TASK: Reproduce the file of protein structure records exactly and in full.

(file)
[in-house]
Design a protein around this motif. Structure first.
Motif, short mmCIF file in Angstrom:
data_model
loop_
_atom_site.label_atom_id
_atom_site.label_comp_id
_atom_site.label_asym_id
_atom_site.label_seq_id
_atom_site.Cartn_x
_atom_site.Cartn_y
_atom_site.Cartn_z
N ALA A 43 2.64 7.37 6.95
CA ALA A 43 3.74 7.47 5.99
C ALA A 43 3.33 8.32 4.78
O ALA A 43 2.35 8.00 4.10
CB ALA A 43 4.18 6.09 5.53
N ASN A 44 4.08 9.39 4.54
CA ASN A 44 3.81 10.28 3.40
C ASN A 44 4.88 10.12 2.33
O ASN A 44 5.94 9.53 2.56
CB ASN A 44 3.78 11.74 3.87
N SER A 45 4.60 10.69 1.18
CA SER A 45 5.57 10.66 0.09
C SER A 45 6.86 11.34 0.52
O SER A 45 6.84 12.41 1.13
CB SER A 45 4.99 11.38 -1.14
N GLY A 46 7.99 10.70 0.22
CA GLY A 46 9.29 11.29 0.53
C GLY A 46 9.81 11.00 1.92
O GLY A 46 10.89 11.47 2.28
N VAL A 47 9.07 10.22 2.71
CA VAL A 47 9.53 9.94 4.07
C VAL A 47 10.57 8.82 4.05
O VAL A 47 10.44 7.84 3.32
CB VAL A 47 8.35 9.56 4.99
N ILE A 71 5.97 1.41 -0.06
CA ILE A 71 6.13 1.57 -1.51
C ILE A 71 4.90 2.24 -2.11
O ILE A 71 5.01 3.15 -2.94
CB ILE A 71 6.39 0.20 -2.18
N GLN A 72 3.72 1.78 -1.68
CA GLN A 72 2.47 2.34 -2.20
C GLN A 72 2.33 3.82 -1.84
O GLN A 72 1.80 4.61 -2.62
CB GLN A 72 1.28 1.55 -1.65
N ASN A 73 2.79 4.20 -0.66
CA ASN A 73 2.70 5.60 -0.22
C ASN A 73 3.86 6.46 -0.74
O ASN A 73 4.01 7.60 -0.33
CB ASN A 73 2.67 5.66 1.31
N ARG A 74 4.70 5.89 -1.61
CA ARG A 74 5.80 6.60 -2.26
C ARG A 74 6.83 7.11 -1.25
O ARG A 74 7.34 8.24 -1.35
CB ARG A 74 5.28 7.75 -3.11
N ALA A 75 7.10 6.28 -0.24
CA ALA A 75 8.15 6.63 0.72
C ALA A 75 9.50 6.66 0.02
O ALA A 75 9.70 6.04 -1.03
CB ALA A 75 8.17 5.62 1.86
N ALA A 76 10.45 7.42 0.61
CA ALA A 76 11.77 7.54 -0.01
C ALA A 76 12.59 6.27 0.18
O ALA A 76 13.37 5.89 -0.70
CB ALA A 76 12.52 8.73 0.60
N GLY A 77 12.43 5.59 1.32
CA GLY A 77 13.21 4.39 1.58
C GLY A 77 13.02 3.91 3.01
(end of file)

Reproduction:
[in-house]
Design a protein around this motif. Structure first.
Motif, short mmCIF file in Angstrom:
data_model
loop_
_atom_site.label_atom_id
_atom_site.label_comp_id
_atom_site.label_asym_id
_atom_site.label_seq_id
_atom_site.Cartn_x
_atom_site.Cartn_y
_atom_site.Cartn_z
N ALA A 43 2.64 7.37 6.95
CA ALA A 43 3.74 7.47 5.99
C ALA A 43 3.33 8.32 4.78
O ALA A 43 2.35 8.00 4.10
CB ALA A 43 4.18 6.09 5.53
N ASN A 44 4.08 9.39 4.54
CA ASN A 44 3.81 10.28 3.40
C ASN A 44 4.88 10.12 2.33
O ASN A 44 5.94 9.53 2.56
CB ASN A 44 3.78 11.74 3.87
N SER A 45 4.60 10.69 1.18
CA SER A 45 5.57 10.66 0.09
C SER A 45 6.86 11.34 0.52
O SER A 45 6.84 12.41 1.13
CB SER A 45 4.99 11.38 -1.14
N GLY A 46 7.99 10.70 0.22
CA GLY A 46 9.29 11.29 0.53
C GLY A 46 9.81 11.00 1.92
O GLY A 46 10.89 11.47 2.28
N VAL A 47 9.07 10.22 2.71
CA VAL A 47 9.53 9.94 4.07
C VAL A 47 10.57 8.82 4.05
O VAL A 47 10.44 7.84 3.32
CB VAL A 47 8.35 9.56 4.99
N ILE A 71 5.97 1.41 -0.06
CA ILE A 71 6.13 1.57 -1.51
C ILE A 71 4.90 2.24 -2.11
O ILE A 71 5.01 3.15 -2.94
CB ILE A 71 6.39 0.20 -2.18
N GLN A 72 3.72 1.78 -1.68
CA GLN A 72 2.47 2.34 -2.20
C GLN A 72 2.33 3.82 -1.84
O GLN A 72 1.80 4.61 -2.62
CB GLN A 72 1.28 1.55 -1.65
N ASN A 73 2.79 4.20 -0.66
CA ASN A 73 2.70 5.60 -0.22
C ASN A 73 3.86 6.46 -0.74
O ASN A 73 4.01 7.60 -0.33
CB ASN A 73 2.67 5.66 1.31
N ARG A 74 4.70 5.89 -1.61
CA ARG A 74 5.80 6.60 -2.26
C ARG A 74 6.83 7.11 -1.25
O ARG A 74 7.34 8.24 -1.35
CB ARG A 74 5.28 7.75 -3.11
N ALA A 75 7.10 6.28 -0.24
CA ALA A 75 8.15 6.63 0.72
C ALA A 75 9.50 6.66 0.02
O ALA A 75 9.70 6.04 -1.03
CB ALA A 75 8.17 5.62 1.86
N ALA A 76 10.45 7.42 0.61
CA ALA A 76 11.77 7.54 -0.01
C ALA A 76 12.59 6.27 0.18
O ALA A 76 13.37 5.89 -0.70
CB ALA A 76 12.52 8.73 0.60
N GLY A 77 12.43 5.59 1.32
CA GLY A 77 13.21 4.39 1.58
C GLY A 77 13.02 3.91 3.01